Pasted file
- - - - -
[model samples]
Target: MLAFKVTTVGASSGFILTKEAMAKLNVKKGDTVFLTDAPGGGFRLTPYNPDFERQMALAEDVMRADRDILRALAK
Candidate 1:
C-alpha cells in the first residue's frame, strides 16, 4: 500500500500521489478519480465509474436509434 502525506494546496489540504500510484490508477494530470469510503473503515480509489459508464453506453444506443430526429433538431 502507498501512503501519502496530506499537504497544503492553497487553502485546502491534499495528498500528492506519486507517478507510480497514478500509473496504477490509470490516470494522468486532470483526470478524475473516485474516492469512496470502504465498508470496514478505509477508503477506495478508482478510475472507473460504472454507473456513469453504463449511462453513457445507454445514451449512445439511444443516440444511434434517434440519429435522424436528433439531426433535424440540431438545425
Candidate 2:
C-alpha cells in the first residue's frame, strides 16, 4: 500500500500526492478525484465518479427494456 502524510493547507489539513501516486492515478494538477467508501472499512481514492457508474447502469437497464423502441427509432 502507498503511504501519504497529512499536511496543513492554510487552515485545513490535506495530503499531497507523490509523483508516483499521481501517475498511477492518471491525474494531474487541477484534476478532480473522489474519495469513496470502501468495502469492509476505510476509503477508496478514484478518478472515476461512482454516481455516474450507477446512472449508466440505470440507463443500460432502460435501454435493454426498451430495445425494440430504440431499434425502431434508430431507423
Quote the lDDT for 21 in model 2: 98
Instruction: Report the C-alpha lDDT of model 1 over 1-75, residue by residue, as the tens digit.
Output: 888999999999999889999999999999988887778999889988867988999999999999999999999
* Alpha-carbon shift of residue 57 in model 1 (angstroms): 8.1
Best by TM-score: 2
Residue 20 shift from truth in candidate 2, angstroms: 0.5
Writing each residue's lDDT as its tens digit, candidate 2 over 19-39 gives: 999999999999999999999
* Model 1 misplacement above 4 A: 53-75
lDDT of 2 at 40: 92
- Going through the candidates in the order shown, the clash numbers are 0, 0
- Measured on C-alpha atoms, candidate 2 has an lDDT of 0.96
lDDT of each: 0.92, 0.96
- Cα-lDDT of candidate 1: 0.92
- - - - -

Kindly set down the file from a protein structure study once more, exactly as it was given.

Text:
[model samples]
Target: MLAFKVTTVGASSGFILTKEAMAKLNVKKGDTVFLTDAPGGGFRLTPYNPDFERQMALAEDVMRADRDILRALAK
Candidate 1:
C-alpha cells in the first residue's frame, strides 16, 4: 500500500500521489478519480465509474436509434 502525506494546496489540504500510484490508477494530470469510503473503515480509489459508464453506453444506443430526429433538431 502507498501512503501519502496530506499537504497544503492553497487553502485546502491534499495528498500528492506519486507517478507510480497514478500509473496504477490509470490516470494522468486532470483526470478524475473516485474516492469512496470502504465498508470496514478505509477508503477506495478508482478510475472507473460504472454507473456513469453504463449511462453513457445507454445514451449512445439511444443516440444511434434517434440519429435522424436528433439531426433535424440540431438545425
Candidate 2:
C-alpha cells in the first residue's frame, strides 16, 4: 500500500500526492478525484465518479427494456 502524510493547507489539513501516486492515478494538477467508501472499512481514492457508474447502469437497464423502441427509432 502507498503511504501519504497529512499536511496543513492554510487552515485545513490535506495530503499531497507523490509523483508516483499521481501517475498511477492518471491525474494531474487541477484534476478532480473522489474519495469513496470502501468495502469492509476505510476509503477508496478514484478518478472515476461512482454516481455516474450507477446512472449508466440505470440507463443500460432502460435501454435493454426498451430495445425494440430504440431499434425502431434508430431507423
Quote the lDDT for 21 in model 2: 98
Instruction: Report the C-alpha lDDT of model 1 over 1-75, residue by residue, as the tens digit.
Output: 888999999999999889999999999999988887778999889988867988999999999999999999999
* Alpha-carbon shift of residue 57 in model 1 (angstroms): 8.1
Best by TM-score: 2
Residue 20 shift from truth in candidate 2, angstroms: 0.5
Writing each residue's lDDT as its tens digit, candidate 2 over 19-39 gives: 999999999999999999999
* Model 1 misplacement above 4 A: 53-75
lDDT of 2 at 40: 92
- Going through the candidates in the order shown, the clash numbers are 0, 0
- Measured on C-alpha atoms, candidate 2 has an lDDT of 0.96
lDDT of each: 0.92, 0.96
- Cα-lDDT of candidate 1: 0.92